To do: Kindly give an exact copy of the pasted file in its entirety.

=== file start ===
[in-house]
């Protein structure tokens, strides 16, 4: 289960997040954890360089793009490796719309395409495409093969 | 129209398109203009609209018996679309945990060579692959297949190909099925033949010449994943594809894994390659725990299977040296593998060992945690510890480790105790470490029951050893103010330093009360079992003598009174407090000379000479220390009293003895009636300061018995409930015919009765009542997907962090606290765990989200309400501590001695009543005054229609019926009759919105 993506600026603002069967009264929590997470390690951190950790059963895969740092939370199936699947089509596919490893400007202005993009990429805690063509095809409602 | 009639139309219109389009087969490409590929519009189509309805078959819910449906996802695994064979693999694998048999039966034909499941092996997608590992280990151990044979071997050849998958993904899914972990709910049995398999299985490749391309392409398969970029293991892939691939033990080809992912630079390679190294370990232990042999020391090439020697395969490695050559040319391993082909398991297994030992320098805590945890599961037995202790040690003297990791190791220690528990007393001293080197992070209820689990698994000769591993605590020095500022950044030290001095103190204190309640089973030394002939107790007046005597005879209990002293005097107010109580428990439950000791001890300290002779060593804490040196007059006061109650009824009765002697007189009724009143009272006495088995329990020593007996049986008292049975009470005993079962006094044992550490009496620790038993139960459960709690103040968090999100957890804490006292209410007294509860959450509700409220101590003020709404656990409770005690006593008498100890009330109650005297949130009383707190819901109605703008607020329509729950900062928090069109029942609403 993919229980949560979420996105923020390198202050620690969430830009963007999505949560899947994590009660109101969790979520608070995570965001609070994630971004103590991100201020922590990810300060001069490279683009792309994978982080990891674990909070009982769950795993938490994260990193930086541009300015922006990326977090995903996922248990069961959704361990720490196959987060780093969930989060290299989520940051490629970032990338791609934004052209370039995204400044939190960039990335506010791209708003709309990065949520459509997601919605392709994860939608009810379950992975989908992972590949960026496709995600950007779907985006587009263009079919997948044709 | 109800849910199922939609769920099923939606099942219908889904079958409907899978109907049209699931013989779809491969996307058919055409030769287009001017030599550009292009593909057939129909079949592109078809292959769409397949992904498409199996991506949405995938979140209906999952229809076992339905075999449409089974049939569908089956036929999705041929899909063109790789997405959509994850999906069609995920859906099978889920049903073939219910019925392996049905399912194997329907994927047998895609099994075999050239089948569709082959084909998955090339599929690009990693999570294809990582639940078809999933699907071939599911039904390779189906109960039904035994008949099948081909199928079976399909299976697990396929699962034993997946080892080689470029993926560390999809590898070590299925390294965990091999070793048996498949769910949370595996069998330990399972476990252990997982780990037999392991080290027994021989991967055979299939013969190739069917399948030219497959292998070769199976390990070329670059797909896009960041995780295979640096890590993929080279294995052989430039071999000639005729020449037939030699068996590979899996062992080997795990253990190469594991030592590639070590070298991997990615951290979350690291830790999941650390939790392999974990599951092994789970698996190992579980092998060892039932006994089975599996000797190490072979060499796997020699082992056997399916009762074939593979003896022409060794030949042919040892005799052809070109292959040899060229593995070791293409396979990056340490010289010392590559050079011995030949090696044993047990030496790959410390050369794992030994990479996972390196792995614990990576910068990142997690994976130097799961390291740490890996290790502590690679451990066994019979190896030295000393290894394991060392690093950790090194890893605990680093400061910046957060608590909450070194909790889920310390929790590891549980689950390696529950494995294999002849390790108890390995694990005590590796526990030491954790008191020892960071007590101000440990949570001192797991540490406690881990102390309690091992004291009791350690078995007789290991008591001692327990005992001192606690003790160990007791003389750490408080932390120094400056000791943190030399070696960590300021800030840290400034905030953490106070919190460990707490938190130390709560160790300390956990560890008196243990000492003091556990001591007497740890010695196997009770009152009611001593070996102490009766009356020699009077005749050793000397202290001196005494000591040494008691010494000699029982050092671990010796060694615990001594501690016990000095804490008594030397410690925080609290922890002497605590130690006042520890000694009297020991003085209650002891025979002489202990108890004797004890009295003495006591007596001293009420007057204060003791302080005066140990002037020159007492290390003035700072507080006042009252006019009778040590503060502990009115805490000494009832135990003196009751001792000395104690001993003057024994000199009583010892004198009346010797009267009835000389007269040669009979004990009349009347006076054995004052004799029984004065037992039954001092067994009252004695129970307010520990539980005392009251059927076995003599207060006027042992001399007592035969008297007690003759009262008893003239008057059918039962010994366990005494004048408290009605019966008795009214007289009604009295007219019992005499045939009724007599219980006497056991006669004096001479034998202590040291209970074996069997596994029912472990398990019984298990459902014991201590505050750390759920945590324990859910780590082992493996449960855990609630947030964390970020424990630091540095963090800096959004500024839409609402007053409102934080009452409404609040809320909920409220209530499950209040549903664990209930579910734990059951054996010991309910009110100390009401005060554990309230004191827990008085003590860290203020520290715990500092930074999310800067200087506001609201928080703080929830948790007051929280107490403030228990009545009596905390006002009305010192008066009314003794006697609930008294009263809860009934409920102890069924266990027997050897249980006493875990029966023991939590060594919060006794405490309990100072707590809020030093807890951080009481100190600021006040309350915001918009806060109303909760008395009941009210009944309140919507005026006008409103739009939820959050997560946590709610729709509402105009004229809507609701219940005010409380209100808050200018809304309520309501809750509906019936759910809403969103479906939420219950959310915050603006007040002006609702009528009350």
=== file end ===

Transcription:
[in-house]
């Protein structure tokens, strides 16, 4: 289960997040954890360089793009490796719309395409495409093969 | 129209398109203009609209018996679309945990060579692959297949190909099925033949010449994943594809894994390659725990299977040296593998060992945690510890480790105790470490029951050893103010330093009360079992003598009174407090000379000479220390009293003895009636300061018995409930015919009765009542997907962090606290765990989200309400501590001695009543005054229609019926009759919105 993506600026603002069967009264929590997470390690951190950790059963895969740092939370199936699947089509596919490893400007202005993009990429805690063509095809409602 | 009639139309219109389009087969490409590929519009189509309805078959819910449906996802695994064979693999694998048999039966034909499941092996997608590992280990151990044979071997050849998958993904899914972990709910049995398999299985490749391309392409398969970029293991892939691939033990080809992912630079390679190294370990232990042999020391090439020697395969490695050559040319391993082909398991297994030992320098805590945890599961037995202790040690003297990791190791220690528990007393001293080197992070209820689990698994000769591993605590020095500022950044030290001095103190204190309640089973030394002939107790007046005597005879209990002293005097107010109580428990439950000791001890300290002779060593804490040196007059006061109650009824009765002697007189009724009143009272006495088995329990020593007996049986008292049975009470005993079962006094044992550490009496620790038993139960459960709690103040968090999100957890804490006292209410007294509860959450509700409220101590003020709404656990409770005690006593008498100890009330109650005297949130009383707190819901109605703008607020329509729950900062928090069109029942609403 993919229980949560979420996105923020390198202050620690969430830009963007999505949560899947994590009660109101969790979520608070995570965001609070994630971004103590991100201020922590990810300060001069490279683009792309994978982080990891674990909070009982769950795993938490994260990193930086541009300015922006990326977090995903996922248990069961959704361990720490196959987060780093969930989060290299989520940051490629970032990338791609934004052209370039995204400044939190960039990335506010791209708003709309990065949520459509997601919605392709994860939608009810379950992975989908992972590949960026496709995600950007779907985006587009263009079919997948044709 | 109800849910199922939609769920099923939606099942219908889904079958409907899978109907049209699931013989779809491969996307058919055409030769287009001017030599550009292009593909057939129909079949592109078809292959769409397949992904498409199996991506949405995938979140209906999952229809076992339905075999449409089974049939569908089956036929999705041929899909063109790789997405959509994850999906069609995920859906099978889920049903073939219910019925392996049905399912194997329907994927047998895609099994075999050239089948569709082959084909998955090339599929690009990693999570294809990582639940078809999933699907071939599911039904390779189906109960039904035994008949099948081909199928079976399909299976697990396929699962034993997946080892080689470029993926560390999809590898070590299925390294965990091999070793048996498949769910949370595996069998330990399972476990252990997982780990037999392991080290027994021989991967055979299939013969190739069917399948030219497959292998070769199976390990070329670059797909896009960041995780295979640096890590993929080279294995052989430039071999000639005729020449037939030699068996590979899996062992080997795990253990190469594991030592590639070590070298991997990615951290979350690291830790999941650390939790392999974990599951092994789970698996190992579980092998060892039932006994089975599996000797190490072979060499796997020699082992056997399916009762074939593979003896022409060794030949042919040892005799052809070109292959040899060229593995070791293409396979990056340490010289010392590559050079011995030949090696044993047990030496790959410390050369794992030994990479996972390196792995614990990576910068990142997690994976130097799961390291740490890996290790502590690679451990066994019979190896030295000393290894394991060392690093950790090194890893605990680093400061910046957060608590909450070194909790889920310390929790590891549980689950390696529950494995294999002849390790108890390995694990005590590796526990030491954790008191020892960071007590101000440990949570001192797991540490406690881990102390309690091992004291009791350690078995007789290991008591001692327990005992001192606690003790160990007791003389750490408080932390120094400056000791943190030399070696960590300021800030840290400034905030953490106070919190460990707490938190130390709560160790300390956990560890008196243990000492003091556990001591007497740890010695196997009770009152009611001593070996102490009766009356020699009077005749050793000397202290001196005494000591040494008691010494000699029982050092671990010796060694615990001594501690016990000095804490008594030397410690925080609290922890002497605590130690006042520890000694009297020991003085209650002891025979002489202990108890004797004890009295003495006591007596001293009420007057204060003791302080005066140990002037020159007492290390003035700072507080006042009252006019009778040590503060502990009115805490000494009832135990003196009751001792000395104690001993003057024994000199009583010892004198009346010797009267009835000389007269040669009979004990009349009347006076054995004052004799029984004065037992039954001092067994009252004695129970307010520990539980005392009251059927076995003599207060006027042992001399007592035969008297007690003759009262008893003239008057059918039962010994366990005494004048408290009605019966008795009214007289009604009295007219019992005499045939009724007599219980006497056991006669004096001479034998202590040291209970074996069997596994029912472990398990019984298990459902014991201590505050750390759920945590324990859910780590082992493996449960855990609630947030964390970020424990630091540095963090800096959004500024839409609402007053409102934080009452409404609040809320909920409220209530499950209040549903664990209930579910734990059951054996010991309910009110100390009401005060554990309230004191827990008085003590860290203020520290715990500092930074999310800067200087506001609201928080703080929830948790007051929280107490403030228990009545009596905390006002009305010192008066009314003794006697609930008294009263809860009934409920102890069924266990027997050897249980006493875990029966023991939590060594919060006794405490309990100072707590809020030093807890951080009481100190600021006040309350915001918009806060109303909760008395009941009210009944309140919507005026006008409103739009939820959050997560946590709610729709509402105009004229809507609701219940005010409380209100808050200018809304309520309501809750509906019936759910809403969103479906939420219950959310915050603006007040002006609702009528009350």